At the conclusion of Friday’s two-hour meeting of more than 180 of Detroit’s creditors, unions, and pension trustees, Emergency Manager Kevyn Orr’s plan to rescue the city from bankruptcy was met with predictable responses: lawsuits and strikes.
It was an altar call to accept reality, but denial, anger, and threats were the response of many. One unnamed bond holder said, “It’s just too much. It is an unprecedented amount to ask.” Mike Mulholland, secretary of American Federation of State, County and Municipal Employees (AFSCME) Local #207, was equally blunt: “When you’re backed into a corner, the only thing you can do is fight and the only way we can fight is to strike.”
Orr was ready for them. In his 134-page proposal, he blamed “financial mismanagement, a shrinking population, [and] a dwindling tax base … over the past 45 years [which] have brought Detroit to the brink of financial and operational ruin.” Indeed, his proposal spelled out the denial of reality that Mayor Dave Bing and his city council had been enjoying for years when it showed that Bing’s people thought that the annual deficit for the city for Fiscal Year 2013 was just $47 million when the actual deficit is more than twice that, and for FY 2014 is estimated to approach $200 million. It’s no wonder that Michigan Governor Rick Snyder declared a financial emergency and appointed bankruptcy attorney Kevyn Orr to take over from the city council in March.
The task facing Orr is horrifying. Faced with more than $18 billion in debts and just $68 million in the bank, Orr started off the meeting by announcing that the city would not make a $40 million payment due that day on a $2.5 billion certificate of participation (COP). He announced further that the city wouldn't be making $104 million in pension contributions that are currently due either. In addition, retirees hoping that the city would be providing them with healthcare and full payouts of their pension benefits also received the bad news: They too would be forced to rely on the state’s insurance exchanges to obtain health coverage under ObamaCare or Medicare, and could expect significant reductions in their retirement checks as well, approaching $800 a month in many cases.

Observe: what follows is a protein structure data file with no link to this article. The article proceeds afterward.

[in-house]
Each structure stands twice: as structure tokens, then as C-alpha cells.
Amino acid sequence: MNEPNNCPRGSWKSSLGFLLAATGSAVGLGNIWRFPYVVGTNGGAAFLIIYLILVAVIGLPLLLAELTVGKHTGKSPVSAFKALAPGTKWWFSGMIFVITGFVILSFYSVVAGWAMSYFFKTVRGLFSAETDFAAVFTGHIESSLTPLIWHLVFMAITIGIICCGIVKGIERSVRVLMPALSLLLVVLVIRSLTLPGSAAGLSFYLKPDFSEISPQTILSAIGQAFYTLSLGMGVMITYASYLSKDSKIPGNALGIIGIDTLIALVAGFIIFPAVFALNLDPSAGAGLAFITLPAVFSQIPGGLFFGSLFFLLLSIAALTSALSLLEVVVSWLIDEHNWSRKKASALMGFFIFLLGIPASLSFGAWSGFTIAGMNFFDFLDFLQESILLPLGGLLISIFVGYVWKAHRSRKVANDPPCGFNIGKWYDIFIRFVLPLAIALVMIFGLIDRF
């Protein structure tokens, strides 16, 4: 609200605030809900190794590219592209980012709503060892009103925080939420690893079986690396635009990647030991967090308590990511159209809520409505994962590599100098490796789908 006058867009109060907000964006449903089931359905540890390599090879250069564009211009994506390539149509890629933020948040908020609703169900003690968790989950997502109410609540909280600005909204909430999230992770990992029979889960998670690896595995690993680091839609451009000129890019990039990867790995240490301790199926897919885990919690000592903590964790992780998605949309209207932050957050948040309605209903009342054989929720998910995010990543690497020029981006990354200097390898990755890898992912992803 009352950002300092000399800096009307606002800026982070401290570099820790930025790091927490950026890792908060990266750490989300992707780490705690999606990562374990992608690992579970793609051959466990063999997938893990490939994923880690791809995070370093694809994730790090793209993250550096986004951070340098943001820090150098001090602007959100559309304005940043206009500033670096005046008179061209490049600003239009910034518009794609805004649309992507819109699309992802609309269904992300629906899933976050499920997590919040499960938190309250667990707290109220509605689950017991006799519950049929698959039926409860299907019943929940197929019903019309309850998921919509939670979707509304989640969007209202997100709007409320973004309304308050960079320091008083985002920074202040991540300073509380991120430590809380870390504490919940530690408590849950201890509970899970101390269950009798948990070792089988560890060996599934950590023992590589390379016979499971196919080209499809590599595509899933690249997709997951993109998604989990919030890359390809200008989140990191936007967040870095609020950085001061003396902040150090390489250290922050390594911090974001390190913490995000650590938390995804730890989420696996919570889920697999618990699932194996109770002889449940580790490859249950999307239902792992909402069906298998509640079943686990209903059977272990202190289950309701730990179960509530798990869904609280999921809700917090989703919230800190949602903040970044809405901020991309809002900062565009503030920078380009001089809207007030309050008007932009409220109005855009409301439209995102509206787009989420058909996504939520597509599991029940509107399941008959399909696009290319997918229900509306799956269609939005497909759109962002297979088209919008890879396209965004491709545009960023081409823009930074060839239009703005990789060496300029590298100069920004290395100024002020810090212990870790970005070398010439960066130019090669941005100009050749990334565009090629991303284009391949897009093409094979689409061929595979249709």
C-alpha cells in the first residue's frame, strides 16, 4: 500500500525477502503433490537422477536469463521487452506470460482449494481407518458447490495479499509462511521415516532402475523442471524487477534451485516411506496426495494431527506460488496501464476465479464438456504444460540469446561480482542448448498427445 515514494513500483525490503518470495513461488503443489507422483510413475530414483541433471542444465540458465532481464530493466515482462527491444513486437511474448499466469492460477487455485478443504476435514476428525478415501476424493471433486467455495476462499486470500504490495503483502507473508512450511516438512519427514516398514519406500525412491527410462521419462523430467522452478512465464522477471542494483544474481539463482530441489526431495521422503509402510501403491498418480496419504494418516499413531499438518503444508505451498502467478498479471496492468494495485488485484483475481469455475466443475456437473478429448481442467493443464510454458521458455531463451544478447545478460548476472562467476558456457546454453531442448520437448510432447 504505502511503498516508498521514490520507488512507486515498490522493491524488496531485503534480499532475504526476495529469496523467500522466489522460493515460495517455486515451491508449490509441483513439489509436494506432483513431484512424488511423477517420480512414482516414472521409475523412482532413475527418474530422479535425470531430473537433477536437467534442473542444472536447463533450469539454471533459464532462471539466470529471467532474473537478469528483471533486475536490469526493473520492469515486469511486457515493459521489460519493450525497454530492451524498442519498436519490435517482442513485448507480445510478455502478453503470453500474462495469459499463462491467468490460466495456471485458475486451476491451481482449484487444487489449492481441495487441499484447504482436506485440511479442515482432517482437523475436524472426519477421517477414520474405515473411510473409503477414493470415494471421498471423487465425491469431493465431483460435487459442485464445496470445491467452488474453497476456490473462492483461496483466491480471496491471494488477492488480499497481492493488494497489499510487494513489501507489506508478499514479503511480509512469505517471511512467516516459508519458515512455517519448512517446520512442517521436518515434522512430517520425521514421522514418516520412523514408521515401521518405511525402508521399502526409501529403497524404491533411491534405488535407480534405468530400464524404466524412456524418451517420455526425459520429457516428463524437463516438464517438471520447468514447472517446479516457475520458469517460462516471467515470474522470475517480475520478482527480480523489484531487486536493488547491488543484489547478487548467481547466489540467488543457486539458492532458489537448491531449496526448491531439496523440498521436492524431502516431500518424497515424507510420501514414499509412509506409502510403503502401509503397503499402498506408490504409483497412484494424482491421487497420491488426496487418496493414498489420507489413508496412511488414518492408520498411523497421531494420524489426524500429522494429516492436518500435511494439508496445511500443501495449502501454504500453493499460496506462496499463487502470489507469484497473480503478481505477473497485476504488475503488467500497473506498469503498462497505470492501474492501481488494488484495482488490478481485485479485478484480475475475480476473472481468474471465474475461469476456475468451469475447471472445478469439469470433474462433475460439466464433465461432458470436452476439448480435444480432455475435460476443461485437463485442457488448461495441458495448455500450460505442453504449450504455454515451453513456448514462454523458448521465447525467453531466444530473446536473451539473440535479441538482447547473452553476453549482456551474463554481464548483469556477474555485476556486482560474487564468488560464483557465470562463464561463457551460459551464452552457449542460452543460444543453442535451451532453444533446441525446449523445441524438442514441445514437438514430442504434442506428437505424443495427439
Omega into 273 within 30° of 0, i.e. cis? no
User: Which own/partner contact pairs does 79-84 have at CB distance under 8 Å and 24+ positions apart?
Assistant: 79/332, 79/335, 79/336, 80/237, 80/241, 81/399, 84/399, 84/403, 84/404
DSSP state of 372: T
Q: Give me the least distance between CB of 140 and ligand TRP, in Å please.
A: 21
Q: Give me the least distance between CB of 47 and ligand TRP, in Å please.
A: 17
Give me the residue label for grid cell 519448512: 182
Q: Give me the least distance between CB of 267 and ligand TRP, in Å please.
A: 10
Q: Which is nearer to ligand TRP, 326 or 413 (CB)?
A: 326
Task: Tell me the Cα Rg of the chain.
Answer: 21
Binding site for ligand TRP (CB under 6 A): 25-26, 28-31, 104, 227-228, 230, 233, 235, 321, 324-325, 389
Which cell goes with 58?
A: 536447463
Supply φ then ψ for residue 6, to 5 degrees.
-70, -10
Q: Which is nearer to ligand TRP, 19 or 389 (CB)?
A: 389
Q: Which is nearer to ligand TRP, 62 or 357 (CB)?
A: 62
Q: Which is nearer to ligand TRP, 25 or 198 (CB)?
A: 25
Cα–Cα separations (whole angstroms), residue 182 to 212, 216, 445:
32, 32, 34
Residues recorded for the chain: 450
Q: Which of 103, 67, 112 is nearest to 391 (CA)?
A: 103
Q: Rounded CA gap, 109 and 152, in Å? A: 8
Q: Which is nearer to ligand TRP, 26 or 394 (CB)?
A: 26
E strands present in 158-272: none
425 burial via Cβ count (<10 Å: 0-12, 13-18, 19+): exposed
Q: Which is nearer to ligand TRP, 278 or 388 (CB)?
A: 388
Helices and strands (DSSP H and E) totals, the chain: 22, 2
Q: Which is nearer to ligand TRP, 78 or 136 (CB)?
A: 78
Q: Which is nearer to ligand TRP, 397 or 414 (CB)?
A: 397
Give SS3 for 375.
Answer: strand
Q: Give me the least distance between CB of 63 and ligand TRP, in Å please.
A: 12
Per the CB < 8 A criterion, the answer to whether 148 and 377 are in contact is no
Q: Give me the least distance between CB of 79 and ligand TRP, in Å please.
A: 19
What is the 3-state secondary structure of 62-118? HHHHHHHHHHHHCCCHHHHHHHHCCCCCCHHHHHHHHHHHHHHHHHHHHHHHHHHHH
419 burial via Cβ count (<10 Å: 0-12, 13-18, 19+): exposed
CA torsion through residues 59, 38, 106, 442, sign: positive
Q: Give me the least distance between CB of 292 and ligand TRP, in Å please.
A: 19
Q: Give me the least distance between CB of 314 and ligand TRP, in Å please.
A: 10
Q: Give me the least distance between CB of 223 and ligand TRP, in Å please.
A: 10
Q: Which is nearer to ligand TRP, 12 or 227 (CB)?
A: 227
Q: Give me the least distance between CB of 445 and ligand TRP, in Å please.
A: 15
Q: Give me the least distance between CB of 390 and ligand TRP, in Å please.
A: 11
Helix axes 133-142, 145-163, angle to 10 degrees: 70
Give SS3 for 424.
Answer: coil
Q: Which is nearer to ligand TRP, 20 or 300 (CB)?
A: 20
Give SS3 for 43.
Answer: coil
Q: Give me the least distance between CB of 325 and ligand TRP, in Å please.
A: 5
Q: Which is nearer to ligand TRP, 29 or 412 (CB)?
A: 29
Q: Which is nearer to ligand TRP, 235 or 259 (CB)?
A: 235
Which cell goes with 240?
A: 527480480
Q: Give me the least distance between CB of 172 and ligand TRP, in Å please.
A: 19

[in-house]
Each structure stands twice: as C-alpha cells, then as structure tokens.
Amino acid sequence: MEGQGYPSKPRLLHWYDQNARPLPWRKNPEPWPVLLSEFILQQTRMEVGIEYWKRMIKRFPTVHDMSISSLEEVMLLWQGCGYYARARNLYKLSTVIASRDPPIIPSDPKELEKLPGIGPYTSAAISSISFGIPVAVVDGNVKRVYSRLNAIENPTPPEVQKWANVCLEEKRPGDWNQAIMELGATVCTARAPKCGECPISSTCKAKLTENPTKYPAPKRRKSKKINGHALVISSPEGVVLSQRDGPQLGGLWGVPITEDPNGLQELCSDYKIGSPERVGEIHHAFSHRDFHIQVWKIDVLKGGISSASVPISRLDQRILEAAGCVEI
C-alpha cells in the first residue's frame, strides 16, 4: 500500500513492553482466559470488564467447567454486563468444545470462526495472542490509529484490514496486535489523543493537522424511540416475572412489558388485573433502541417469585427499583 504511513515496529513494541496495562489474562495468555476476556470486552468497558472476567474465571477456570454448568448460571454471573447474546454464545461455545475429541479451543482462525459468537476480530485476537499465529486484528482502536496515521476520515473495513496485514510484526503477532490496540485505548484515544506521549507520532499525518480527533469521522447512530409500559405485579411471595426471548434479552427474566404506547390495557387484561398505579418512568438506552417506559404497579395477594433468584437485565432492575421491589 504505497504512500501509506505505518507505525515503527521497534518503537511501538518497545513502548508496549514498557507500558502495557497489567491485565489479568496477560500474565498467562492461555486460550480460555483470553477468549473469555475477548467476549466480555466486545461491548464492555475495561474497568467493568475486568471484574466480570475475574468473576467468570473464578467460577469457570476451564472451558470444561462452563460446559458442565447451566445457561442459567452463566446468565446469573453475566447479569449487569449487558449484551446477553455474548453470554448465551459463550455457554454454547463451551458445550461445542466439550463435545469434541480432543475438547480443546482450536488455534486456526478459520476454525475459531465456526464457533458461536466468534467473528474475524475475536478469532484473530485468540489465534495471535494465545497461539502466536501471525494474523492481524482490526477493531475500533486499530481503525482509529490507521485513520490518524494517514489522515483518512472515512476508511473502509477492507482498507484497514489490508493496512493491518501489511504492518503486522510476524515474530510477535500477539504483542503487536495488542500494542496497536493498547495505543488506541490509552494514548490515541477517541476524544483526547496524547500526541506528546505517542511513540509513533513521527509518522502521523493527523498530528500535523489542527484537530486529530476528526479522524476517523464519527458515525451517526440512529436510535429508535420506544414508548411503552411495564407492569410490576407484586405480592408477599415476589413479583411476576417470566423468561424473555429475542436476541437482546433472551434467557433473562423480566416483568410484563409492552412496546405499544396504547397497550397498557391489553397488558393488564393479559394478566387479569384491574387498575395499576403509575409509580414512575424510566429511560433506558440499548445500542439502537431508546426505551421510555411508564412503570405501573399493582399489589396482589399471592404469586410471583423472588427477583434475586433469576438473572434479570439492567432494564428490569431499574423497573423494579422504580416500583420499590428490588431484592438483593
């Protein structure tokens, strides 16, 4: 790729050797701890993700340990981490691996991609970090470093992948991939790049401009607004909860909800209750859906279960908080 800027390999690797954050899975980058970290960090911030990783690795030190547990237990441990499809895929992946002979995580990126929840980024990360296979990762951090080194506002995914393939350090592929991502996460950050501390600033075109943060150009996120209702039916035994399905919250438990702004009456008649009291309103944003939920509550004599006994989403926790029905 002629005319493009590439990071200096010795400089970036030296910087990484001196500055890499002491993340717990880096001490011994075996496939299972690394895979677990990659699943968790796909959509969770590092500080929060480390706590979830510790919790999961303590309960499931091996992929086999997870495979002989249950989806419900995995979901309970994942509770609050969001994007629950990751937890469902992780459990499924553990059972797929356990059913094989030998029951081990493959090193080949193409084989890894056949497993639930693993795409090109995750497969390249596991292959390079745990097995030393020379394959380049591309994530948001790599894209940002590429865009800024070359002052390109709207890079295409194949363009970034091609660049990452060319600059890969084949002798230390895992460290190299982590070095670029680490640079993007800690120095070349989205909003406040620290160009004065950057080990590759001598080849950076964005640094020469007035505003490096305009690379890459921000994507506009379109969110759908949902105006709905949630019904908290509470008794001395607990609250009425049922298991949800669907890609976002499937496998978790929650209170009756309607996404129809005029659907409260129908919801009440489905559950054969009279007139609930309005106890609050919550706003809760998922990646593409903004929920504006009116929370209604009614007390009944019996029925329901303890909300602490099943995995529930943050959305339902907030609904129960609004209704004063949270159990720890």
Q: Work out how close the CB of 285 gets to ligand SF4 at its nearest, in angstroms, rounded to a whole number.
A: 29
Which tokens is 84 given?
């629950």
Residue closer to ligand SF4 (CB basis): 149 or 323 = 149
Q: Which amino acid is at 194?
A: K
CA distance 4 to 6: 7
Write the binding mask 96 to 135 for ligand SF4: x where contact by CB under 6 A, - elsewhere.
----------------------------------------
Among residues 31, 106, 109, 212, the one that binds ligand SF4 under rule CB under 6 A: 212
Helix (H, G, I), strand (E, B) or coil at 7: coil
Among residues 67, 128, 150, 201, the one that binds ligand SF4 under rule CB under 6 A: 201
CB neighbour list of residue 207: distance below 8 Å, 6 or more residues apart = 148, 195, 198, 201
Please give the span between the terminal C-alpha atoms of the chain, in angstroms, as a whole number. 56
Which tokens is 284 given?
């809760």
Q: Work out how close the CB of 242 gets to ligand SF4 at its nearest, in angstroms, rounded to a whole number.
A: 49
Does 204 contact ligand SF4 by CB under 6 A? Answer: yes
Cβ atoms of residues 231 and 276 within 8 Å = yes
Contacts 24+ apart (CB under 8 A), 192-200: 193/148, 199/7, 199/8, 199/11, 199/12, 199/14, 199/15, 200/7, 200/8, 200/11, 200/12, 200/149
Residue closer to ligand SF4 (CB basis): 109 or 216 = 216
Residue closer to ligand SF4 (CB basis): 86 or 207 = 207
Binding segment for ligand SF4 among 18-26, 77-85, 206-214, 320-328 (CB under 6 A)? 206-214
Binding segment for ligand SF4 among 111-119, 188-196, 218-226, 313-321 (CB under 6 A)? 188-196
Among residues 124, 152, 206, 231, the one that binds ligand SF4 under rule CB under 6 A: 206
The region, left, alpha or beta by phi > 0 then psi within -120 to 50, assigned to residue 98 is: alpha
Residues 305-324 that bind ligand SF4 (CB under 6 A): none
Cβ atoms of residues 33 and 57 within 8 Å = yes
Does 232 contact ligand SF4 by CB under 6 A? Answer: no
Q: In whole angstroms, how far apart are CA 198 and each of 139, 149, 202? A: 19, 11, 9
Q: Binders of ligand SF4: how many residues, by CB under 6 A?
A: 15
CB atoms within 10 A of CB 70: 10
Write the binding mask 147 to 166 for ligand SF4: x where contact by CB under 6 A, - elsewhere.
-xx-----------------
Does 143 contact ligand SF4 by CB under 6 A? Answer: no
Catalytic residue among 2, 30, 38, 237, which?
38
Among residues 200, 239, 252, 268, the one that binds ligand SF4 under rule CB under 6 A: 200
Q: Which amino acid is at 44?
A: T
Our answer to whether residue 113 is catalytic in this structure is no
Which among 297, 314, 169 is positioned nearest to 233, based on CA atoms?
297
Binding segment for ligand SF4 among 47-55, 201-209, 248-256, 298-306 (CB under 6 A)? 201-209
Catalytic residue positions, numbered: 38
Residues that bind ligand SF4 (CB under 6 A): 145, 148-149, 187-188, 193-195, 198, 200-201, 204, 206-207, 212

Orr’s report was equally blunt for those hoping for a miracle: “The City is Insolvent” (Page 7): “the city is not paying its bills,” the city’s infrastructure is deteriorating, “costs associated with unoccupied property” continue to mount, the city’s credit ratings were borderline “bankrupt” by all three agencies, and “Priority One” police response times had increased in just one year from 30 minutes in 2012 to 58 minutes in 2013. In 2012 Detroit “had the highest rate of violent crime of any U.S. city having a population over 200,000 [Detroit’s population is just over 700,000, 40 percent of what it was 1950], five times the national average.”
There are “approximately 78,000 abandoned and blighted structures in the City, nearly half of which are considered ‘dangerous’ [while there are] 66,000 blighted and vacant lots within the City limits.” There are between 11,000 and 12,000 fires in Detroit every year, most of them occurring in those blighted and abandoned buildings.
Orr’s plan, on the surface, is simple: If the creditors — pension trustees, unions, bond holders, and retirees — will sit still for these massive haircuts, then the city can, under a newly created facility, borrow $2 billion to pay off the $11 billion in unsecured creditors. Orr said that translates, after other demands on that new money, to about 10 cents on every dollar owed. Secured creditors will be slightly better off but they will be asked to take a haircut as well. If the proposal is accepted, lawsuits and strikes notwithstanding, then Orr can take this to court as a pre-packaged bankruptcy, giving him the power to enforce the agreement.
On the other hand, if his proposal can’t get sufficient agreement in the next 30 days from all interested (and now properly chastened) creditors, then he’ll ask the court to grant Detroit bankruptcy protection with himself as trustee. In essence, Orr is dealing from strength: Go along with me now and get the best deal possible, or push me and you’ll get less, it’ll cost more, and it’ll take longer. Said Orr: “I have a very powerful statute. I have an even more powerful Chapter 9. I don’t want to use it, but I am going to accomplish this job. That will happen.”
There’s a constitutional issue here as well. Under the Tenth Amendment, “powers not delegated to the federal government by the Constitution … are reserved to the states,” which means that guarantees in Michigan’s state constitution that protect pension and retirement benefits from federal bankruptcy rulings could be put at risk in a court battle. If a high court rules that federal bankruptcy laws override state protections, then every pension plan in the country thinking it has state protection will be affected negatively, with national and perhaps even international ramifications. The municipal bond market is nearly $4 trillion in size, and such a ruling could, at the very least, unnerve that market, raising the cost of borrowing significantly, forcing other cities bordering on bankruptcy over the edge.
Michael Sweet, an attorney at law firm Fox Rothschild who helped the city of Redmond, California, restructure its finances in order to avoid bankruptcy, noted: “The last thing [union pension funds] may want is for a judge to rule on that … because if the judge ruled on that against them, it would open the floodgates” for similar cases.
Photo of Detroit skyline: AP Images